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Mass Egg Farming Regulations Still Slack After Outbreaks

Submitted by on August 30, 2011 – 11:57 pm2 Comments

Even after new federal guidelines are aggressively enforced due to the new food safety modernization act, egg farming conditions are for the most part lax.

Last year, mass salmonella outbreaks caused 1900 illnesses. Along with salmonella outbreaks – other diseases, rodent infestations, and egg brand names are withheld from FDA reports and the public.

While over regulation obstructs businesses and raises food costs, it would seem unjust for the FDA to overlook real potential food safety problems and shut down raw milk clubs.

~Health Freedoms

Egg farm regulations still skimpy

One year after 1,900 people were sickened and a half-billion Iowa eggs were recalled, government inspectors continue to find unsanitary conditions and inadequate protections against salmonella on Iowa’s egg farms.

None of the violations has resulted in penalties from state or federal agencies, and Iowa’s egg producers still aren’t required to tell state officials when they find salmonella.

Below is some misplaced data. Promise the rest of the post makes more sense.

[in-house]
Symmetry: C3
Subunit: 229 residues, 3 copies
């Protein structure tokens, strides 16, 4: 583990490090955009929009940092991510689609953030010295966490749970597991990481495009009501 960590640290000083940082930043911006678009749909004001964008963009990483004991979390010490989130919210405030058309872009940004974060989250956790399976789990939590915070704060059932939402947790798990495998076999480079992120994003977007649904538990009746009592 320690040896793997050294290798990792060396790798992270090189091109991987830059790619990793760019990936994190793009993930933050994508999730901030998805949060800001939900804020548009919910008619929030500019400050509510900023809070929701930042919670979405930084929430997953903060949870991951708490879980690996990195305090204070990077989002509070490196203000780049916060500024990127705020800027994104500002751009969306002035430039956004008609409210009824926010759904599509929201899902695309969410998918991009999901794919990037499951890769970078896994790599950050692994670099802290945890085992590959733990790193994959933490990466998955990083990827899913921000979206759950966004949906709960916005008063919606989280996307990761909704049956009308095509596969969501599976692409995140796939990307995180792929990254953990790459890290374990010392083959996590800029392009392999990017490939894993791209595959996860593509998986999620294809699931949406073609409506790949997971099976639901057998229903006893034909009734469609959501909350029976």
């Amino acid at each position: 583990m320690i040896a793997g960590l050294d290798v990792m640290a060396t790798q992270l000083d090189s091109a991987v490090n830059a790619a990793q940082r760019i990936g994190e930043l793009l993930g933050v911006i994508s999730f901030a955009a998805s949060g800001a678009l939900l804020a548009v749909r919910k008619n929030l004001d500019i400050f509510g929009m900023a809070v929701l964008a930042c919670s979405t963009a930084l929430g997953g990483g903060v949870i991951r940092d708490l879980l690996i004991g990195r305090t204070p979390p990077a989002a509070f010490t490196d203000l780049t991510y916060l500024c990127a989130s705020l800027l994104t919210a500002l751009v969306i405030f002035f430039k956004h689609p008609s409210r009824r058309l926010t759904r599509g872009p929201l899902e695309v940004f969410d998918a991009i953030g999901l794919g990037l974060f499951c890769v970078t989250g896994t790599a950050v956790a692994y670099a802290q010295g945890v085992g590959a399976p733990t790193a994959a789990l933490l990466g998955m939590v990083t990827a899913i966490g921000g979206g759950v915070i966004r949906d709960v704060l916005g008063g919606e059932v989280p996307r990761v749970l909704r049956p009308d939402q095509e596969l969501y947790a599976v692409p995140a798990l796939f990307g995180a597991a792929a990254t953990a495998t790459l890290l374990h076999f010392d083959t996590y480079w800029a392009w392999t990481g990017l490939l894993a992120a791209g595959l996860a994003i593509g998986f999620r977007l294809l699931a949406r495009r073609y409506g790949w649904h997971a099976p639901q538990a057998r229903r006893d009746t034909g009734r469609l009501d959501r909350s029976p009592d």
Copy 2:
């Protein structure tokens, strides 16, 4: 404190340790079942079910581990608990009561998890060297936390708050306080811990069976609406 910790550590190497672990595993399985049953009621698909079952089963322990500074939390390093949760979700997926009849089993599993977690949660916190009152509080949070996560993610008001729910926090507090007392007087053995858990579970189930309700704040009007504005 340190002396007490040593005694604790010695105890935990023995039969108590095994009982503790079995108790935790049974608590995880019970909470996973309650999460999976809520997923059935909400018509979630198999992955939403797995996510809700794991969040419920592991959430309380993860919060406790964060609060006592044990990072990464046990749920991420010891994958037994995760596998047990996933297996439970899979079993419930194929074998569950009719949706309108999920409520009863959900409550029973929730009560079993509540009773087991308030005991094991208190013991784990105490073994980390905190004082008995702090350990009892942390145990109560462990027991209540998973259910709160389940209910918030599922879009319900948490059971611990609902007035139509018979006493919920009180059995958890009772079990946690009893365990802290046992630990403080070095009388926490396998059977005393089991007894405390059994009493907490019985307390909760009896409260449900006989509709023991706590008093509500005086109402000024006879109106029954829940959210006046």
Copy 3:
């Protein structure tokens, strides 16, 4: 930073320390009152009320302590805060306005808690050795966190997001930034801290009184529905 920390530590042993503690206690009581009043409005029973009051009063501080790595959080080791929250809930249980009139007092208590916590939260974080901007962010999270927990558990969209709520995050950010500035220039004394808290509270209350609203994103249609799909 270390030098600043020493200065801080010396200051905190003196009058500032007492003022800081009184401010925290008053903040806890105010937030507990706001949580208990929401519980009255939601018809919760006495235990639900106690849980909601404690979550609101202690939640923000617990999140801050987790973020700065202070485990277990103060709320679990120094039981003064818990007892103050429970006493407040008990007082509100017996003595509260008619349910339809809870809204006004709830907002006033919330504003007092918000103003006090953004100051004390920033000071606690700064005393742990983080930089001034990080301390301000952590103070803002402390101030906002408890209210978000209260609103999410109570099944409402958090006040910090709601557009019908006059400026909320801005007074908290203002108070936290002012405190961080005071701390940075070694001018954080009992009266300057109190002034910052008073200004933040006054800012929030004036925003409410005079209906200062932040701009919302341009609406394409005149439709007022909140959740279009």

Records obtained by The Des Moines Register under the Freedom of Information Act indicate that some of Iowa’s major egg producers aren’t meeting minimum federal standards intended to protect consumers from salmonella enteritidis — a potentially fatal bacterial infection that triggered a nationwide egg recall last August.

Critical elements in the Food and Drug Administration’s reports — such as the size of rodent infestations, the brand names under which the eggs are sold and even the names of diseases documented at the egg farms — are blacked out and withheld from the public.

Iowa has been the No. 1 egg-producing state in the nation for the past 10 years.

Eggs are generally safe, said Jeff Nelken, a food safety consultant based in Los Angeles. But, he added, the salmonella outbreak in 2010 demonstrated they’re not safe enough.

Despite new federal rules intended to give consumers greater protection against food-borne illnesses:

•Inspections at egg farms are announced days in advance. Government officials do little on-site testing for salmonella.

•Penalties for health and safety violations that could lead to salmonella poisoning don’t exist at the state and federal levels.

•Federal food safety laws that take effect next year will apply only to farms that have 3,000 or more hens, leaving dozens of Iowa egg producers largely unregulated.

By Clark Kauffman, The Des Moines Register




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